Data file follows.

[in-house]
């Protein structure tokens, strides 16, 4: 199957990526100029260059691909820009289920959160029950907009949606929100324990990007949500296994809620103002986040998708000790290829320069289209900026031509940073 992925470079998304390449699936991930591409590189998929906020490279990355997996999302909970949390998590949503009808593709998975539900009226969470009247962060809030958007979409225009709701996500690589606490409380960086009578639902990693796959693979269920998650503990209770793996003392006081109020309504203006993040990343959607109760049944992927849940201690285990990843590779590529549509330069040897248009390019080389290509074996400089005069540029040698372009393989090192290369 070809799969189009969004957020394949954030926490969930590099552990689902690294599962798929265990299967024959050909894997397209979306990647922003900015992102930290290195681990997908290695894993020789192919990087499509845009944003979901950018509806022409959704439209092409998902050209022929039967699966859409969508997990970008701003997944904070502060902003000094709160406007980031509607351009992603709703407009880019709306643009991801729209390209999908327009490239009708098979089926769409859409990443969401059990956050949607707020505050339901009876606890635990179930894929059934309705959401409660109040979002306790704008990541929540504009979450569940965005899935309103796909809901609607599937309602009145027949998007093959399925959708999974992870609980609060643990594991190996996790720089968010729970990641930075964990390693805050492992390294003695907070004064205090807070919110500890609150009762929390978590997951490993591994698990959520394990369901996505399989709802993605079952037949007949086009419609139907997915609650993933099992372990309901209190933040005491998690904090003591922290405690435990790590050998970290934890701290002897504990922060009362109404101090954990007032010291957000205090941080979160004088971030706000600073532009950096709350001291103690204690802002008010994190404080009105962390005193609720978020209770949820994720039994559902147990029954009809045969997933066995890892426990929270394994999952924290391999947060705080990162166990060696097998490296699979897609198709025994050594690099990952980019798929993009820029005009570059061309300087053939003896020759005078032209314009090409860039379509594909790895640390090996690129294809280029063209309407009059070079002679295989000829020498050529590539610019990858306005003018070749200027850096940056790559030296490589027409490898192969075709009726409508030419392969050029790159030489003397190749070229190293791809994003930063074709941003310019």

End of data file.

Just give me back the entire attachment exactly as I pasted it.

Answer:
[in-house]
């Protein structure tokens, strides 16, 4: 199957990526100029260059691909820009289920959160029950907009949606929100324990990007949500296994809620103002986040998708000790290829320069289209900026031509940073 992925470079998304390449699936991930591409590189998929906020490279990355997996999302909970949390998590949503009808593709998975539900009226969470009247962060809030958007979409225009709701996500690589606490409380960086009578639902990693796959693979269920998650503990209770793996003392006081109020309504203006993040990343959607109760049944992927849940201690285990990843590779590529549509330069040897248009390019080389290509074996400089005069540029040698372009393989090192290369 070809799969189009969004957020394949954030926490969930590099552990689902690294599962798929265990299967024959050909894997397209979306990647922003900015992102930290290195681990997908290695894993020789192919990087499509845009944003979901950018509806022409959704439209092409998902050209022929039967699966859409969508997990970008701003997944904070502060902003000094709160406007980031509607351009992603709703407009880019709306643009991801729209390209999908327009490239009708098979089926769409859409990443969401059990956050949607707020505050339901009876606890635990179930894929059934309705959401409660109040979002306790704008990541929540504009979450569940965005899935309103796909809901609607599937309602009145027949998007093959399925959708999974992870609980609060643990594991190996996790720089968010729970990641930075964990390693805050492992390294003695907070004064205090807070919110500890609150009762929390978590997951490993591994698990959520394990369901996505399989709802993605079952037949007949086009419609139907997915609650993933099992372990309901209190933040005491998690904090003591922290405690435990790590050998970290934890701290002897504990922060009362109404101090954990007032010291957000205090941080979160004088971030706000600073532009950096709350001291103690204690802002008010994190404080009105962390005193609720978020209770949820994720039994559902147990029954009809045969997933066995890892426990929270394994999952924290391999947060705080990162166990060696097998490296699979897609198709025994050594690099990952980019798929993009820029005009570059061309300087053939003896020759005078032209314009090409860039379509594909790895640390090996690129294809280029063209309407009059070079002679295989000829020498050529590539610019990858306005003018070749200027850096940056790559030296490589027409490898192969075709009726409508030419392969050029790159030489003397190749070229190293791809994003930063074709941003310019």